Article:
Huntingdon

The first charter to refer to Huntingdon is dated 650AD, and mention is made in the Anglo-Saxon Chronicles of a Huntingdon town in 656AD.

Anglo-Saxons defended themselves against the Danes and the Dane wars (ninth and tenth centuries) caused the town to be fortified by the Anglo-Saxons as chronicled in 917AD. When the Danes eventually gained possession they built defensive earthworks against the Saxon kings. Finally in 1010 the Danes took control of the whole county.

A charter to Peterborough in 974 gives Huntingdon the right to a market. Then later the right to mint coins, the earliest are dated 955-959, although there may be earlier ones as yet undiscovered.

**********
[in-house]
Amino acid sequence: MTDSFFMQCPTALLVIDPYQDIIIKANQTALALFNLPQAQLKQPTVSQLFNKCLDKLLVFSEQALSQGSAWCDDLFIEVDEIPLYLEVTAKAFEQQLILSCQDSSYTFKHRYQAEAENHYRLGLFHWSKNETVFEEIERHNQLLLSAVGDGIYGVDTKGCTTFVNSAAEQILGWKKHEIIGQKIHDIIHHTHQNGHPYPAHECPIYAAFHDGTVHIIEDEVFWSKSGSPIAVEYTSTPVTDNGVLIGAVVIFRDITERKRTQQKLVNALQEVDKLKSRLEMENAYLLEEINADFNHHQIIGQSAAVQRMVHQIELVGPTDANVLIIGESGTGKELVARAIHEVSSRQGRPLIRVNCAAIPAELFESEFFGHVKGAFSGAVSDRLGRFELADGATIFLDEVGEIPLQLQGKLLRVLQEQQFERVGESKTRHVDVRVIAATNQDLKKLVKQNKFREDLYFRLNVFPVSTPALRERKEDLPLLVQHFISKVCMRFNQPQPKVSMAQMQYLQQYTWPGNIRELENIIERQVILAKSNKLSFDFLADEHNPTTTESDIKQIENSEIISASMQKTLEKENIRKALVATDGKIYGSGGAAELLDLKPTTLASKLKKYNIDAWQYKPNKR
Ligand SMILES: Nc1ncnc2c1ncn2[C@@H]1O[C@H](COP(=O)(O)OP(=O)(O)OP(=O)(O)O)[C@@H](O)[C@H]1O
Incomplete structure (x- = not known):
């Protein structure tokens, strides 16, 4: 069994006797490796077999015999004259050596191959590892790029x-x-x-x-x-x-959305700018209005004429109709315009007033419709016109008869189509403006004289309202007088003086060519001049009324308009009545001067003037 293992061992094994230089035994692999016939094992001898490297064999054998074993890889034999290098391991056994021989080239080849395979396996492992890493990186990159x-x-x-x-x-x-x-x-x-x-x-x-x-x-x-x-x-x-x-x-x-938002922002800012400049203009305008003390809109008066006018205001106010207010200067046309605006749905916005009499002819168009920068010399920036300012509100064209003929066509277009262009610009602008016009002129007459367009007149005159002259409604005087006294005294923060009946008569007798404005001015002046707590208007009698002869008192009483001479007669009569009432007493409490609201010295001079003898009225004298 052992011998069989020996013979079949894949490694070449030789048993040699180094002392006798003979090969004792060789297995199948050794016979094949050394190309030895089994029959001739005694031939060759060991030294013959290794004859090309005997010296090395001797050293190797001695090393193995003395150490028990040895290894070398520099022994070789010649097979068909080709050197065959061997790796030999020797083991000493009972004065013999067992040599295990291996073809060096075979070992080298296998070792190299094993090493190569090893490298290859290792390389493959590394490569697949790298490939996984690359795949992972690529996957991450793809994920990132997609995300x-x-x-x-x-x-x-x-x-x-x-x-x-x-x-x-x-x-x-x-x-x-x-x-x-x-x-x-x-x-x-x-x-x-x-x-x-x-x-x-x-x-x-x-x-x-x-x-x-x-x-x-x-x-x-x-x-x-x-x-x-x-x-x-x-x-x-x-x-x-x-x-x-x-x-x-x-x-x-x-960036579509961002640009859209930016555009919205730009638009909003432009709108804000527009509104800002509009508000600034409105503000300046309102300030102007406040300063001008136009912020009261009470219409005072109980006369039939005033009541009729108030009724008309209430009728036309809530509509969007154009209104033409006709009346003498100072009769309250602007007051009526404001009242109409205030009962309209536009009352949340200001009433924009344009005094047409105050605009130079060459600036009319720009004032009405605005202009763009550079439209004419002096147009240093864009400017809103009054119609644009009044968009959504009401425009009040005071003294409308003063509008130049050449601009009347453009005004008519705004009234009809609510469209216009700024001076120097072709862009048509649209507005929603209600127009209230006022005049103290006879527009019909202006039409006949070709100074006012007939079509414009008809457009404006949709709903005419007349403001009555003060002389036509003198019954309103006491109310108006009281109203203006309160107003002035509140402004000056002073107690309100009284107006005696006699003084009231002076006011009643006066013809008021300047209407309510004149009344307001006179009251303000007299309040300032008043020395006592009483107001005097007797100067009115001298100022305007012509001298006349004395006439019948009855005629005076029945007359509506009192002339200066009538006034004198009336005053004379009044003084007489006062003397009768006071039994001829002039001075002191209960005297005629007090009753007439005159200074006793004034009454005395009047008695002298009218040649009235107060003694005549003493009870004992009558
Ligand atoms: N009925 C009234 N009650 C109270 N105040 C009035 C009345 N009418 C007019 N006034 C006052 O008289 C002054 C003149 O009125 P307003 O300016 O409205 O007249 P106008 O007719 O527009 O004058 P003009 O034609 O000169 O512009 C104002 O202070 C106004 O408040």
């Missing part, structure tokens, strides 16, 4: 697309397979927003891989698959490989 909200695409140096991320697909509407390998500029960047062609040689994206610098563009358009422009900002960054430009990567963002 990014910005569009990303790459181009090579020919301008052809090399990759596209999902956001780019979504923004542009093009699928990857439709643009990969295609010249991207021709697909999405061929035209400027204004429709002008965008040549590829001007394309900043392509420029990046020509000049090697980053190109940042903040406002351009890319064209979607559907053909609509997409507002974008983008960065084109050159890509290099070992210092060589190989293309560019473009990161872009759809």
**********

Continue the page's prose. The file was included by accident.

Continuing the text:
The Anglo Saxon Chronicle records the visit of Edward the Elder entering the "burgh" of Huntingdon in 921 where he 'repaired and restored' Huntingdon Castle. Clearly whatever he repaired must have been built before that date. There are signs that the Danes built earthworks sometime in the late 9th Century and it was these fortifications that Edward attacked and seized. Edward the Elder also built the first wooden bridge at Huntingdon, which may have been built to protect the bridgehead